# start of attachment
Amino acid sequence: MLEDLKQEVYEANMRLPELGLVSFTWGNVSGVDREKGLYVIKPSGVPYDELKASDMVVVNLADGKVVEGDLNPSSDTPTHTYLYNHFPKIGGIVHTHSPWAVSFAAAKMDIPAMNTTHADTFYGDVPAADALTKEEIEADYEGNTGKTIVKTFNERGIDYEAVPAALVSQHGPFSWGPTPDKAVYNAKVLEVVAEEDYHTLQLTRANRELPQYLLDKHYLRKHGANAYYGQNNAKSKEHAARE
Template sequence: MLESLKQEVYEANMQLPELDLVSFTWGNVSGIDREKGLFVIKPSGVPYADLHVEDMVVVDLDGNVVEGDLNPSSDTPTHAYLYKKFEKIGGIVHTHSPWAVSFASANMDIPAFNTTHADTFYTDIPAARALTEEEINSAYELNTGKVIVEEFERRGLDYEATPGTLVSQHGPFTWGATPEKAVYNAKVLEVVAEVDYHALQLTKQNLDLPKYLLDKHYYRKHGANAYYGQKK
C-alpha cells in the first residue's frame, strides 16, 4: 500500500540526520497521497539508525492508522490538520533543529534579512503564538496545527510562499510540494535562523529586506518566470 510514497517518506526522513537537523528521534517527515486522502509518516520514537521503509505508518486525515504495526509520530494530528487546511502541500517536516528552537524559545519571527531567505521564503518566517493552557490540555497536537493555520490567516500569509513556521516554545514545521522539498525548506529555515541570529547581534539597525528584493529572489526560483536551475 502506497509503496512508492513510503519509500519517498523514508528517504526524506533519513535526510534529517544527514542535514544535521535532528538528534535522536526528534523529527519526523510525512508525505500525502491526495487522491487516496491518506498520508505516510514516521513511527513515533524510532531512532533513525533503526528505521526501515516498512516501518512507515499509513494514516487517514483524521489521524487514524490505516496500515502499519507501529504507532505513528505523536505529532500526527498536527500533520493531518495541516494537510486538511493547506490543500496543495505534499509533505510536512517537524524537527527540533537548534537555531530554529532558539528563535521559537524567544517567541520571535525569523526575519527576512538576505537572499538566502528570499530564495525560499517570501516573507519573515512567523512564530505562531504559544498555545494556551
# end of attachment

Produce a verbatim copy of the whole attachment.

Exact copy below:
Amino acid sequence: MLEDLKQEVYEANMRLPELGLVSFTWGNVSGVDREKGLYVIKPSGVPYDELKASDMVVVNLADGKVVEGDLNPSSDTPTHTYLYNHFPKIGGIVHTHSPWAVSFAAAKMDIPAMNTTHADTFYGDVPAADALTKEEIEADYEGNTGKTIVKTFNERGIDYEAVPAALVSQHGPFSWGPTPDKAVYNAKVLEVVAEEDYHTLQLTRANRELPQYLLDKHYLRKHGANAYYGQNNAKSKEHAARE
Template sequence: MLESLKQEVYEANMQLPELDLVSFTWGNVSGIDREKGLFVIKPSGVPYADLHVEDMVVVDLDGNVVEGDLNPSSDTPTHAYLYKKFEKIGGIVHTHSPWAVSFASANMDIPAFNTTHADTFYTDIPAARALTEEEINSAYELNTGKVIVEEFERRGLDYEATPGTLVSQHGPFTWGATPEKAVYNAKVLEVVAEVDYHALQLTKQNLDLPKYLLDKHYYRKHGANAYYGQKK
C-alpha cells in the first residue's frame, strides 16, 4: 500500500540526520497521497539508525492508522490538520533543529534579512503564538496545527510562499510540494535562523529586506518566470 510514497517518506526522513537537523528521534517527515486522502509518516520514537521503509505508518486525515504495526509520530494530528487546511502541500517536516528552537524559545519571527531567505521564503518566517493552557490540555497536537493555520490567516500569509513556521516554545514545521522539498525548506529555515541570529547581534539597525528584493529572489526560483536551475 502506497509503496512508492513510503519509500519517498523514508528517504526524506533519513535526510534529517544527514542535514544535521535532528538528534535522536526528534523529527519526523510525512508525505500525502491526495487522491487516496491518506498520508505516510514516521513511527513515533524510532531512532533513525533503526528505521526501515516498512516501518512507515499509513494514516487517514483524521489521524487514524490505516496500515502499519507501529504507532505513528505523536505529532500526527498536527500533520493531518495541516494537510486538511493547506490543500496543495505534499509533505510536512517537524524537527527540533537548534537555531530554529532558539528563535521559537524567544517567541520571535525569523526575519527576512538576505537572499538566502528570499530564495525560499517570501516573507519573515512567523512564530505562531504559544498555545494556551